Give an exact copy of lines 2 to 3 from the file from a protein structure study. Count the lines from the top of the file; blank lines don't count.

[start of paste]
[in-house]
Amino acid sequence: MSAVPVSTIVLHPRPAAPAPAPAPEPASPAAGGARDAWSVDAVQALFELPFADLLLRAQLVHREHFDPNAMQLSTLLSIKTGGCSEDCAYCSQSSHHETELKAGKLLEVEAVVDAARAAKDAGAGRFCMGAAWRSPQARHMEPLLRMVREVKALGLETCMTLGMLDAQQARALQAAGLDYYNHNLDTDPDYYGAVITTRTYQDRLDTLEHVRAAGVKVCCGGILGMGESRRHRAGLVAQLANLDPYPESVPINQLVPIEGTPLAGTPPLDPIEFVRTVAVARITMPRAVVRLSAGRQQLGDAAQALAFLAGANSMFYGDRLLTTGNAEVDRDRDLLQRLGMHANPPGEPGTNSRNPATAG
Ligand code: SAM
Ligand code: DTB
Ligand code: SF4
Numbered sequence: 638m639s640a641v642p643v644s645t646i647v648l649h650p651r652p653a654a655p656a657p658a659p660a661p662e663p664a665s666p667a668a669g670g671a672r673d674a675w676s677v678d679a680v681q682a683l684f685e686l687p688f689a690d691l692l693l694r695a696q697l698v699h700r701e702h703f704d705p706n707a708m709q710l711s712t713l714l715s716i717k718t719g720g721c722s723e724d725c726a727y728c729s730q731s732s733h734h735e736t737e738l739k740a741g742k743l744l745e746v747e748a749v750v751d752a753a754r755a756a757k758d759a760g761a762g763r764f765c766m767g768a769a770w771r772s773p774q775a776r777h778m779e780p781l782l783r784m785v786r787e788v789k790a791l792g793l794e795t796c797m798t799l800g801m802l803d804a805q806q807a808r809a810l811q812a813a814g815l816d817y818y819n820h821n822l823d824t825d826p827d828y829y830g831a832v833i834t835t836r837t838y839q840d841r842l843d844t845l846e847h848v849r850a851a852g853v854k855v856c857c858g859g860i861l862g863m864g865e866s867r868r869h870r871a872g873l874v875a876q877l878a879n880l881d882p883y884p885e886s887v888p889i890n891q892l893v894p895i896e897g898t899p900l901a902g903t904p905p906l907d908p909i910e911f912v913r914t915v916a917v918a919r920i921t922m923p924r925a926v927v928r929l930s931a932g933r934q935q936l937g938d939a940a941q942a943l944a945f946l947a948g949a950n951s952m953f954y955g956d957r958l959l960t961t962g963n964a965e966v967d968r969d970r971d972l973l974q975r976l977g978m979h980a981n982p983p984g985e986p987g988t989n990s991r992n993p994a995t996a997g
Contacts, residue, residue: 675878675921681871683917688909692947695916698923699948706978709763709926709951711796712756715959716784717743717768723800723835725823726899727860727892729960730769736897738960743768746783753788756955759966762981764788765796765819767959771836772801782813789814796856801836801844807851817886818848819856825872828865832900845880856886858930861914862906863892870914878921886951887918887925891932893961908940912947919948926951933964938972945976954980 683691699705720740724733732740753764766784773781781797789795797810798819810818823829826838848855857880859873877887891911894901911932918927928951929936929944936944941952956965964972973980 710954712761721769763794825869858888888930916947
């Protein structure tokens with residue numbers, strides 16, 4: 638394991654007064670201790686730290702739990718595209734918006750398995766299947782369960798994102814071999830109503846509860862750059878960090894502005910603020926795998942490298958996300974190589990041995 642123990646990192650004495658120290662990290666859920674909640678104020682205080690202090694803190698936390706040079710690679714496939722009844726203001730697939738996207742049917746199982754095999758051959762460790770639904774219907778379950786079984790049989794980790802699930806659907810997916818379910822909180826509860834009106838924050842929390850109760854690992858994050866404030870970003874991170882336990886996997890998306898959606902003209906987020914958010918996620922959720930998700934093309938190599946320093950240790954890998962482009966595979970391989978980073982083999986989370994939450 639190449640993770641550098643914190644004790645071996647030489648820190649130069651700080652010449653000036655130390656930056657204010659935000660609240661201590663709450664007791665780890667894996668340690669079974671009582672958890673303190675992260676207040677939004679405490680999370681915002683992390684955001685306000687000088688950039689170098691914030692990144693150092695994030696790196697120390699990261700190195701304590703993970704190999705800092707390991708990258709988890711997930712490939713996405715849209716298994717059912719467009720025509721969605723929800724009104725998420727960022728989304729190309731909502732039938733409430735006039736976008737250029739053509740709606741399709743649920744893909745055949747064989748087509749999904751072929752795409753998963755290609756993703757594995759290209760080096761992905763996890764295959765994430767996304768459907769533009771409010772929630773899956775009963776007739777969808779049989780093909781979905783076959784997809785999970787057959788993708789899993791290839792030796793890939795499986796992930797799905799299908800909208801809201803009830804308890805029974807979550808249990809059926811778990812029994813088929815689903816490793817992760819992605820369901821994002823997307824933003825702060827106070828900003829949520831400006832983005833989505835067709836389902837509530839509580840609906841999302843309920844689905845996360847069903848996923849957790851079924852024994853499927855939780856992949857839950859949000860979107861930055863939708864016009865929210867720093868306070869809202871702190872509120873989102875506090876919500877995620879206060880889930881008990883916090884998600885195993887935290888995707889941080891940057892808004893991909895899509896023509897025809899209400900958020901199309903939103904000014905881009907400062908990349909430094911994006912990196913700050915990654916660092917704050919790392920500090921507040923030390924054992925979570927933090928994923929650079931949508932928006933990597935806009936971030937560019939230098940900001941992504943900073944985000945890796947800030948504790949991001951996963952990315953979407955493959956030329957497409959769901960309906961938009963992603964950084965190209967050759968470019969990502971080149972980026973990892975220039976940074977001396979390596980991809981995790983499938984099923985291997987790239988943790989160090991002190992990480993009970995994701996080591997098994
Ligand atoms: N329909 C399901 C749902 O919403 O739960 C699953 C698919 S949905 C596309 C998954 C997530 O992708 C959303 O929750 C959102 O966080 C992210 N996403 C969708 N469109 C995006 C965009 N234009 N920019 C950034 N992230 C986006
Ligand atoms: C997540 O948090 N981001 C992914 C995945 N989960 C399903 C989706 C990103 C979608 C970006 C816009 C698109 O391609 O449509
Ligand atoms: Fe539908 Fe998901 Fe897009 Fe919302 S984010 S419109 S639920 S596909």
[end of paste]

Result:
Amino acid sequence: MSAVPVSTIVLHPRPAAPAPAPAPEPASPAAGGARDAWSVDAVQALFELPFADLLLRAQLVHREHFDPNAMQLSTLLSIKTGGCSEDCAYCSQSSHHETELKAGKLLEVEAVVDAARAAKDAGAGRFCMGAAWRSPQARHMEPLLRMVREVKALGLETCMTLGMLDAQQARALQAAGLDYYNHNLDTDPDYYGAVITTRTYQDRLDTLEHVRAAGVKVCCGGILGMGESRRHRAGLVAQLANLDPYPESVPINQLVPIEGTPLAGTPPLDPIEFVRTVAVARITMPRAVVRLSAGRQQLGDAAQALAFLAGANSMFYGDRLLTTGNAEVDRDRDLLQRLGMHANPPGEPGTNSRNPATAG
Ligand code: SAM